Employee absenteeism contributes to millions of dollars in lost production each year. Employees who suffer from chronic illnesses, such as diabetes and asthma, can benefit from disease management programs that provide information and tips to members with chronic illnesses to ensure they have information to help them stay healthy and keep working.
“It is the right thing to do,” says Bruce Niebylski, M.D., associate vice president, medical affairs, with Priority Health. “You are helping people stay healthy and helping treat diseases. Education is much more efficient for both the employee and employer than only prescribing a medication.”
Smart Business spoke with Niebylski about disease management programs and the benefits they provide.
What purpose do disease management programs serve for employees?
Disease management programs were originally designed to care for four different ailments: diabetes, asthma, maternal child diseases and congestive heart failure. Such conditions were selected because studies showed patients suffering from these diseases were not receiving the treatment needed. Employer groups suggested implementing disease management programs to help employees follow regimens, attend regular doctor visits, and find qualified doctors in their area, and for any extra care they required.
Today, many more diseases have been added to disease management programs. Patients suffering from such diseases often have a hard time following a schedule of regular doctor appointments and their prescription drugs are often very costly. Disease management programs have been implemented to help employees deal with such issues and receive the appropriate care for treating their condition.
How can disease management programs benefit an employer’s bottom line?
Diabetes accounts for 5 percent of the health care population and half of the money we spend on health care is spent on diabetics. If such a disease can be managed, there will be a reduction in additional costs for side effects associated with diabetes such as stroke, dialysis and system failure.
Many disease management programs are showing a positive return on investment. Statistics show that for every $1 spent to pay for disease management there are $4 in savings. Over the years, there has been controversy regarding whether disease management programs make treatment more efficient and help reduce costs.
It is difficult to track cost savings with these programs. Financial analysis can be used to show the return on investment for such programs. Disease management programs are very effective for patients with high intensity diseases such as asthma and congestive heart failure. These fluctuating diseases cause patients to visit hospitals regularly. These programs are designed to keep patients healthier, to increase their quality of life and keep them out of the hospital for additional costly treatments.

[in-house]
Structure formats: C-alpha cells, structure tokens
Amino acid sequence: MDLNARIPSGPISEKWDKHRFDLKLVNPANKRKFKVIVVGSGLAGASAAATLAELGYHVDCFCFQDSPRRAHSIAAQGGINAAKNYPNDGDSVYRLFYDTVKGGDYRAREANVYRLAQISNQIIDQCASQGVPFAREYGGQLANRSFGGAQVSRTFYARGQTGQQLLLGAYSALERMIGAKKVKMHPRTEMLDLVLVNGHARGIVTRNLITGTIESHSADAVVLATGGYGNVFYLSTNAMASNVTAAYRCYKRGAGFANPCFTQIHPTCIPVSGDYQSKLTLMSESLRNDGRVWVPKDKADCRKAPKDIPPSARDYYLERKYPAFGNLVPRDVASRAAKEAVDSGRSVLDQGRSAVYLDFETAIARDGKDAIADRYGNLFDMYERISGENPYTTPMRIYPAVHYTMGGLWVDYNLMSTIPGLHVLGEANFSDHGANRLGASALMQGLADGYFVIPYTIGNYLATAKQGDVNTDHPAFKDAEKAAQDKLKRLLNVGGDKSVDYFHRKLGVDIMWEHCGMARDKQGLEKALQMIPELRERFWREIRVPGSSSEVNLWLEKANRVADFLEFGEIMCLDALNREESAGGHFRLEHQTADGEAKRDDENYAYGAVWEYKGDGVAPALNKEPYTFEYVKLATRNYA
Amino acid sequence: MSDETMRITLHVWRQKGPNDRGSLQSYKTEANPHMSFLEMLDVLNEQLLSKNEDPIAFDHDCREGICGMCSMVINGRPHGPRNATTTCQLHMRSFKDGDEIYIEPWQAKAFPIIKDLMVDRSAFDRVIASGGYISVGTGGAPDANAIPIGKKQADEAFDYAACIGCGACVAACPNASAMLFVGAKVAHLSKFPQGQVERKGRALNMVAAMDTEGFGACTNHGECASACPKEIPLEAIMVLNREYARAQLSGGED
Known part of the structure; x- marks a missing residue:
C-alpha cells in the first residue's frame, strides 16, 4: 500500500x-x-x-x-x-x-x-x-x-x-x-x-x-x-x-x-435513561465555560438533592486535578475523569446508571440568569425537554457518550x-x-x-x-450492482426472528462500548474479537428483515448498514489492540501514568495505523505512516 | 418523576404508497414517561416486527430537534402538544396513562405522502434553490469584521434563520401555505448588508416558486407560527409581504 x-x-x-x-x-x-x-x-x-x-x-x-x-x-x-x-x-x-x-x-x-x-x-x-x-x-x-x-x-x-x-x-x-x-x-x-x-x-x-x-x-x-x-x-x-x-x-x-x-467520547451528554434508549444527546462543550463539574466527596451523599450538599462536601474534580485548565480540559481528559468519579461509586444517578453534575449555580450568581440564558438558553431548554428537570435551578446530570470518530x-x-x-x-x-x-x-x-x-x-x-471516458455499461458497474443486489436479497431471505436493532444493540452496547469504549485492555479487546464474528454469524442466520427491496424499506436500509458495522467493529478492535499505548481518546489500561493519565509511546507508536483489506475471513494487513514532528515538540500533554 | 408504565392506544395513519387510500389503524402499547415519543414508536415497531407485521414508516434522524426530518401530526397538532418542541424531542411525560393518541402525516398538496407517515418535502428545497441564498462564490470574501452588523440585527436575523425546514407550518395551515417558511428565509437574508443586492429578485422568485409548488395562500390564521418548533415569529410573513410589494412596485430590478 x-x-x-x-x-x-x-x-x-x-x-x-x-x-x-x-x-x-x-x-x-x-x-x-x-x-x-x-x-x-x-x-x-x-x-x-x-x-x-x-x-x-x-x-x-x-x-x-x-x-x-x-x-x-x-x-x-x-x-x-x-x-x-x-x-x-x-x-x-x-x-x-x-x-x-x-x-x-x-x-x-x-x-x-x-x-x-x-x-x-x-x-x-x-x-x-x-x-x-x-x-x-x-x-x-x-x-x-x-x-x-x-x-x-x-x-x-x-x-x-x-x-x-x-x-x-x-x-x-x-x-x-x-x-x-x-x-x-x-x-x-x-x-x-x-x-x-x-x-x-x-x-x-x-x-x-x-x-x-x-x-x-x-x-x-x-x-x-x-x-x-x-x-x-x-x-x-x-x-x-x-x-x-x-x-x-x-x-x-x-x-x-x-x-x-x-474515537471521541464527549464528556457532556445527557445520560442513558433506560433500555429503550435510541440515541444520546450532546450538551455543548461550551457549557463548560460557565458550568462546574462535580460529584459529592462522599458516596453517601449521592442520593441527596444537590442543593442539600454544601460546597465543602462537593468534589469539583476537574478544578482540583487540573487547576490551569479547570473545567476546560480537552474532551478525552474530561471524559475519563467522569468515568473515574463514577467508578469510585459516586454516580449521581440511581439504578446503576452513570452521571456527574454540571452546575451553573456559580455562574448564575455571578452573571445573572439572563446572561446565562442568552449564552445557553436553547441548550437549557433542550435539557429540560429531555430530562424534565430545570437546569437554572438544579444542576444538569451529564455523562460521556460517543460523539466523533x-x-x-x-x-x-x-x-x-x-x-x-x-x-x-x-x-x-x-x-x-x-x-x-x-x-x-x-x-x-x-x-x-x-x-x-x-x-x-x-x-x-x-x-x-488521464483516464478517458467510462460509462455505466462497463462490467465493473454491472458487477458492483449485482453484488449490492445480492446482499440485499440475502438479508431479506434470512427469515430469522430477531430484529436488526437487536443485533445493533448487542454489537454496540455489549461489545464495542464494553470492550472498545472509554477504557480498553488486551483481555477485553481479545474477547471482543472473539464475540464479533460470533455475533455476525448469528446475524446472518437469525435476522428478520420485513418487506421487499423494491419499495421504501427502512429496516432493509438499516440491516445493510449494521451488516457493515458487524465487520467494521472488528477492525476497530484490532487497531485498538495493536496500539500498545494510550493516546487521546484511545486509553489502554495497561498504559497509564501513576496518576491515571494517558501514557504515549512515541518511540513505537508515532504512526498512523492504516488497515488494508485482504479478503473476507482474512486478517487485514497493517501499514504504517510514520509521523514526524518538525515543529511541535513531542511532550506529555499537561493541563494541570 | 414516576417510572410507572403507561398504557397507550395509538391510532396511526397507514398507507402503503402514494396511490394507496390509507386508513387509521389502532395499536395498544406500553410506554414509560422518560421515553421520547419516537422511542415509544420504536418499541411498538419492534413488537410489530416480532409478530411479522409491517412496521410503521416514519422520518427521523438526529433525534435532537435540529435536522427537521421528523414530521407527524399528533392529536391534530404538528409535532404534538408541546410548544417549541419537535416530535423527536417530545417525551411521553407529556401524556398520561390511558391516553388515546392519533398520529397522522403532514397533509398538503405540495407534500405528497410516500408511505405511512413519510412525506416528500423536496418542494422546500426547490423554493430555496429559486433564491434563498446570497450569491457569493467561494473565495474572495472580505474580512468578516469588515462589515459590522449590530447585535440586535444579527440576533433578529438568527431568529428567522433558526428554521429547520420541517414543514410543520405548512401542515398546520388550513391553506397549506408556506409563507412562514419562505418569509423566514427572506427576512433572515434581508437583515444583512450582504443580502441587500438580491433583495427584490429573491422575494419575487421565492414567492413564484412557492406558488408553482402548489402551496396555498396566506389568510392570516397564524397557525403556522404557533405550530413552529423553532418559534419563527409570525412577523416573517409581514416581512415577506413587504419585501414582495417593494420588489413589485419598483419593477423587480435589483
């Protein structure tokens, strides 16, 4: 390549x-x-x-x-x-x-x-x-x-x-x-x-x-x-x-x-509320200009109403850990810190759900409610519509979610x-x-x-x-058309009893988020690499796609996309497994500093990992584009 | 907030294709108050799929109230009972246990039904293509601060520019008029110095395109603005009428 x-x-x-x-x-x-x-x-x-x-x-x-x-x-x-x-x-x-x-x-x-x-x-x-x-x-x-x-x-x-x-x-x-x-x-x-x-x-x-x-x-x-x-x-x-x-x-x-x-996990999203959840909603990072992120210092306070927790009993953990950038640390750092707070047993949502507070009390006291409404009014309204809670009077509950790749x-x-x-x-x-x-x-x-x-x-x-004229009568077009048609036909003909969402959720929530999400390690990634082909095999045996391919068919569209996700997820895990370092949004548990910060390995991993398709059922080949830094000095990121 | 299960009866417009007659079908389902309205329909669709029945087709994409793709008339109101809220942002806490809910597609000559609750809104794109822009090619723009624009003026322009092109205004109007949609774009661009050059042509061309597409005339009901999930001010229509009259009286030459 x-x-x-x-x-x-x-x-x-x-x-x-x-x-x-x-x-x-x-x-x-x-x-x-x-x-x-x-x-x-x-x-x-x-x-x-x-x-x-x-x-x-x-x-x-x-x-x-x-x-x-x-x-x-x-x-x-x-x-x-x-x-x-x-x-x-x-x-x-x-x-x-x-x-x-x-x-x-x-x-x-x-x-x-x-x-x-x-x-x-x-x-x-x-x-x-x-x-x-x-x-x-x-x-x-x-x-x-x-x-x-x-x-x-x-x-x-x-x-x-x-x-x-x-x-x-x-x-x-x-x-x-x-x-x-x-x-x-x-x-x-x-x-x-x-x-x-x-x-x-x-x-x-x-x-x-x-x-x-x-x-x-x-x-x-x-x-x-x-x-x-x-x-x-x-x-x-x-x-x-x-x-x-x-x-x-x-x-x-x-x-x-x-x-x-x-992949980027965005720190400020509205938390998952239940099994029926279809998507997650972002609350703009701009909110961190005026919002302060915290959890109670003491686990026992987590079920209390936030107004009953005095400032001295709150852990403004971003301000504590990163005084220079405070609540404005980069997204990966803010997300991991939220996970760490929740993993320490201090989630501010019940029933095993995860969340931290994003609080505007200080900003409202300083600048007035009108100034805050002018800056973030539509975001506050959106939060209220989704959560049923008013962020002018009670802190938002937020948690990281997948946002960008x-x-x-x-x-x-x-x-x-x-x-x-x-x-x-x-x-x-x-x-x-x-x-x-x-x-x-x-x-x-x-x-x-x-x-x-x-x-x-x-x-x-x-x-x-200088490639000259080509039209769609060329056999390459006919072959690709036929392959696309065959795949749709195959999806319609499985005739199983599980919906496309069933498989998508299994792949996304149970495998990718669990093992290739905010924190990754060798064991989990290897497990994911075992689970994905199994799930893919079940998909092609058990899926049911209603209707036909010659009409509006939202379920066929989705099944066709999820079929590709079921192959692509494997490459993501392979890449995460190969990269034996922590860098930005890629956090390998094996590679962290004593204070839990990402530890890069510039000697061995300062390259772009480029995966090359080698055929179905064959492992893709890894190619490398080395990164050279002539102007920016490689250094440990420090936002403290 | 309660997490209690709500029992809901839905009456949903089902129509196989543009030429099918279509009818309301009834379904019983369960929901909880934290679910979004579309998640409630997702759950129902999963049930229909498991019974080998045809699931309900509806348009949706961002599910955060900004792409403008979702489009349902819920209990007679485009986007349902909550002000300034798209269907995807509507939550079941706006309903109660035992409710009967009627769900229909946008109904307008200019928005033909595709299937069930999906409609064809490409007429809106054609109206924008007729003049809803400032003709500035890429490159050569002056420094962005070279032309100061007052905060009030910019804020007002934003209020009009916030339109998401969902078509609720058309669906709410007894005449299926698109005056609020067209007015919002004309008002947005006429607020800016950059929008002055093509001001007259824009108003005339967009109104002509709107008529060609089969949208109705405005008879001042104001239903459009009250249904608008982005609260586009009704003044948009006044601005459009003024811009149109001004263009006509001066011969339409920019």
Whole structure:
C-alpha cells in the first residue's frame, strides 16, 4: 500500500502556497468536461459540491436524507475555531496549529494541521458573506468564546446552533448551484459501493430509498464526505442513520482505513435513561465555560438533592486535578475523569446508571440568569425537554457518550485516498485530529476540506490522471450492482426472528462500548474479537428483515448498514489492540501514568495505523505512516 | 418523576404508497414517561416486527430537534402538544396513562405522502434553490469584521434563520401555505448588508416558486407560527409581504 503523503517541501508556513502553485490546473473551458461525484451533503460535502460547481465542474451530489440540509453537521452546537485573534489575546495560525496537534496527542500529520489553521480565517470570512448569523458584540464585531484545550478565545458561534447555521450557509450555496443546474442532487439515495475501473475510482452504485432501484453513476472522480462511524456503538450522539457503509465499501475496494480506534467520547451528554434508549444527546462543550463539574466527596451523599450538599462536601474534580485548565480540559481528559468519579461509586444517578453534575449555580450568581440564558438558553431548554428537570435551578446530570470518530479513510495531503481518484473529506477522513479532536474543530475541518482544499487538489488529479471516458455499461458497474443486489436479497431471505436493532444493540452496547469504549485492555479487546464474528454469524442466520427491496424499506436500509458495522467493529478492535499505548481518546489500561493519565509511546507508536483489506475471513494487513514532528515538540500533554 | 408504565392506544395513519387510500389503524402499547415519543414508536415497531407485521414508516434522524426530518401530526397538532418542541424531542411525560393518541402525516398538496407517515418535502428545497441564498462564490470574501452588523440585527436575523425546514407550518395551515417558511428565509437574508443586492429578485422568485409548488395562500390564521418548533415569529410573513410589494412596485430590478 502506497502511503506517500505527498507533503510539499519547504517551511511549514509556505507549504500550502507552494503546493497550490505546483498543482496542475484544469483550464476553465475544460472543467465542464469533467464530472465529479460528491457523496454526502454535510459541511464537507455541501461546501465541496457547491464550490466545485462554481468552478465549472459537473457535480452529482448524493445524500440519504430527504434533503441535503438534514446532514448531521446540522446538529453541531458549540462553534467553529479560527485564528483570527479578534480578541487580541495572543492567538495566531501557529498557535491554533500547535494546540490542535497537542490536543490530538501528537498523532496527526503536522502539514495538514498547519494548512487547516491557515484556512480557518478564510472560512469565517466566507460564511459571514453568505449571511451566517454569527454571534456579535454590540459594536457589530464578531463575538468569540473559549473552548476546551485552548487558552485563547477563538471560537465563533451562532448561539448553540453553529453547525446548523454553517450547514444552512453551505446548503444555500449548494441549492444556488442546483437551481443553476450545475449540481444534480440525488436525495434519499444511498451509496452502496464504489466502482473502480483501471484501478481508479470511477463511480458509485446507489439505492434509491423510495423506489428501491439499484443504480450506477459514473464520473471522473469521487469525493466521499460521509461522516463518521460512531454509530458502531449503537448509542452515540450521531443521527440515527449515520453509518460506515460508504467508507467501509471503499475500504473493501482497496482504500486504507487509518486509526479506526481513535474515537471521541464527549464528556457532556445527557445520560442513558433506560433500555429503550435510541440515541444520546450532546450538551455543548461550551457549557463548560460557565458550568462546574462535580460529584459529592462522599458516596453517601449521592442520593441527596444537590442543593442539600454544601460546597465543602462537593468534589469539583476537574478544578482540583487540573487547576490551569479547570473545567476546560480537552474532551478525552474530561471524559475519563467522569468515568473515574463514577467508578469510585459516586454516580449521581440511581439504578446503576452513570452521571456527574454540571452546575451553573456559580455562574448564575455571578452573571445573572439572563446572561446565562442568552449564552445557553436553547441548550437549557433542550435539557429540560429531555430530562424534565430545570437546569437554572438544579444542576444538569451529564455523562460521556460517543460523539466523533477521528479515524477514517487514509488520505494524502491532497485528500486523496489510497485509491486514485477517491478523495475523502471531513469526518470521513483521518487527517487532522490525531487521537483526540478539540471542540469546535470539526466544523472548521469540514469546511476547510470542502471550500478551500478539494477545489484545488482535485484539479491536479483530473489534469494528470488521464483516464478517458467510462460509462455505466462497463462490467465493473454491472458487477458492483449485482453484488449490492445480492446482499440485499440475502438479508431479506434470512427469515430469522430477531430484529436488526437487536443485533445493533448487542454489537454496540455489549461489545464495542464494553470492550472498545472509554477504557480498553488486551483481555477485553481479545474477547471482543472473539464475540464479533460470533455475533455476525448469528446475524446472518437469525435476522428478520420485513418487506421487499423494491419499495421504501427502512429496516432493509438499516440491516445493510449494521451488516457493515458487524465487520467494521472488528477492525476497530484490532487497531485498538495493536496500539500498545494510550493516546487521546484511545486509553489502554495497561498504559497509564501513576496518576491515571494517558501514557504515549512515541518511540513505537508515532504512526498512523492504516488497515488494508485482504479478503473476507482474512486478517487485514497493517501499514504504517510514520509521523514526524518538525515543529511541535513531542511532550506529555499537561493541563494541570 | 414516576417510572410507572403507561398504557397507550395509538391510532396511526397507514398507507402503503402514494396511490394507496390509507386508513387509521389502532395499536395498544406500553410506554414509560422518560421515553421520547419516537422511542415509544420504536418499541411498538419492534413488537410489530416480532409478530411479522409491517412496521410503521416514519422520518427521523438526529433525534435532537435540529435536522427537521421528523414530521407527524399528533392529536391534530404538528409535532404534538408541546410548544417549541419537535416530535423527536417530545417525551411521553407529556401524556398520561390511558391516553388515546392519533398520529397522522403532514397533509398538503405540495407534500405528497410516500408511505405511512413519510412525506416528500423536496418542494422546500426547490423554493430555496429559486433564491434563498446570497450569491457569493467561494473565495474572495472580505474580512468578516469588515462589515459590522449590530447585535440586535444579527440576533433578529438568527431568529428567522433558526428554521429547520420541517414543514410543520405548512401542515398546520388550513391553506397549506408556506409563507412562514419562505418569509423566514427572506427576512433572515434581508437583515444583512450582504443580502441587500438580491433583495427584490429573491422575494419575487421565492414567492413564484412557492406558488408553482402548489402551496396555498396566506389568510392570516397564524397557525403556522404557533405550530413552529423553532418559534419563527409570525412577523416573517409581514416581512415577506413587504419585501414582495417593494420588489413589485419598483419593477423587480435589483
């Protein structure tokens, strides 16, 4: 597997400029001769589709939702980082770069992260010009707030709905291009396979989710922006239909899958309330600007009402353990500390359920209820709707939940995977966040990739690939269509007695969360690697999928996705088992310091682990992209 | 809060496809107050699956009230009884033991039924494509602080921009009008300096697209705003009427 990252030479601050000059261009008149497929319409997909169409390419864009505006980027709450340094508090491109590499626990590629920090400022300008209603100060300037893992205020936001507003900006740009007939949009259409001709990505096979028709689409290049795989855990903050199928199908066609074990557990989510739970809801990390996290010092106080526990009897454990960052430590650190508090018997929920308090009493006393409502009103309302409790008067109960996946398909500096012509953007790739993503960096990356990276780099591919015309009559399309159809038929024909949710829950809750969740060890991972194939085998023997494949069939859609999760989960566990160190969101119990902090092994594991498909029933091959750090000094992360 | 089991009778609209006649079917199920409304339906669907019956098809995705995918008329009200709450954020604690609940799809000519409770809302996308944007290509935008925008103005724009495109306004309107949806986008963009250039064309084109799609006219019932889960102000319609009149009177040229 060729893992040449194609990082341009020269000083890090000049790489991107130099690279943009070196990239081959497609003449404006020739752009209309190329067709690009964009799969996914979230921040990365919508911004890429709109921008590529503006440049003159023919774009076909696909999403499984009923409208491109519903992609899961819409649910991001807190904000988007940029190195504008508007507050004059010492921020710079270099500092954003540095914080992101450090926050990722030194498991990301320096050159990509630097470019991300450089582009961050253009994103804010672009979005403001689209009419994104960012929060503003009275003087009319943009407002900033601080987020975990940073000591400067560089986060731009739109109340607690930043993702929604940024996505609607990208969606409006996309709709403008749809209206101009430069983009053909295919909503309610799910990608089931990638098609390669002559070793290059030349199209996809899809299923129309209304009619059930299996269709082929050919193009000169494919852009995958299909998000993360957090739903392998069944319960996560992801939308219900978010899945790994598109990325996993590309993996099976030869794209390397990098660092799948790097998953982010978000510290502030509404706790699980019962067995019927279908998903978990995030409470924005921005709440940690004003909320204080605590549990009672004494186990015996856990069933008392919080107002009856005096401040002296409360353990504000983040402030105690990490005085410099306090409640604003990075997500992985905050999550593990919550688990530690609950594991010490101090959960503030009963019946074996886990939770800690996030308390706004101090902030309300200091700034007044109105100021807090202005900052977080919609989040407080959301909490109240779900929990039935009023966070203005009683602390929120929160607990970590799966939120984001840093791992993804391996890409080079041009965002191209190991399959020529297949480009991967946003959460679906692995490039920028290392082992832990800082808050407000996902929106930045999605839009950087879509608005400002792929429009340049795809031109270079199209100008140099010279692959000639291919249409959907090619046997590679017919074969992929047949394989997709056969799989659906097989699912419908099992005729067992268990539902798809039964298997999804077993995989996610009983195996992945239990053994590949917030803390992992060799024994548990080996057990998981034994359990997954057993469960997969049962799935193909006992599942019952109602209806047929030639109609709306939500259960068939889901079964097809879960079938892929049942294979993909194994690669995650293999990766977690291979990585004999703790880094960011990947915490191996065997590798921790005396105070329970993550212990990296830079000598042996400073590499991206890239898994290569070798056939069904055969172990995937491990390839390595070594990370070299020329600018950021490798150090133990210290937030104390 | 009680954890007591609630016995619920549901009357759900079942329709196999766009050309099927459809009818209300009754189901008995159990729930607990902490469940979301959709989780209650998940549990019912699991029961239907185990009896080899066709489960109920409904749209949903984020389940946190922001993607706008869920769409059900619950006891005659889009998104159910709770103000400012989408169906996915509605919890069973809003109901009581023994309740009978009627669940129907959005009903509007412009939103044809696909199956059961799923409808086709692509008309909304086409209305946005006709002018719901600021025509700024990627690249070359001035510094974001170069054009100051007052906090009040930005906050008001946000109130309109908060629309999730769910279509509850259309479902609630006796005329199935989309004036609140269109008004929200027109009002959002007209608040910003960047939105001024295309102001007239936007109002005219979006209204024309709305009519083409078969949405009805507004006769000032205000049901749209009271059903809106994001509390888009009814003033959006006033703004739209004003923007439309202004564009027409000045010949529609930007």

What if employees feel disease management programs are too intrusive?
This is a real concern that disease management programs have faced. Because of that resistance, it is important to separate employees’ private information from the employer. Employers only receive information on which diseases are present in the employee population but it is not disclosed which employee has a certain disease. Employers need this information so they can ensure they are selecting the correct health plans for their employees’ needs in the future.
Some employers offer their employees all the resources needed to properly treat their disease but are faced with resistance in participation. For many programs, there is only a 10 to 30 percent uptake in disease management programs. This means that for every 10 people who are invited to participate in the disease management program, you only get one to three takers. It may be beneficial for employers to use incentives to get employees enrolled in a disease management program.
Are there on-site practices employers can implement to help employees prevent/manage chronic illnesses?
On-site programs had been offered by many disease management companies. It was found employees were hesitant to participate because they didn’t want their employer to figure out they had a disease and have that information affect their employment status. Now on-site programs simply include general screenings where the results are only presented to the employee in general information sessions.
Employers can create a wellness atmosphere for employees through simple things like decorating stairwells and pumping in music so employees can walk the stairs on their lunch hour or break. Employers can offer healthy foods in vending machines. Some employers allow employees to leave early a few days a week if they belong to a gym.
BRUCE NIEBYLSKI, M.D., is associate vice president, medical affairs with Priority Health. Reach him at (248) 324-2763 or email@example.com.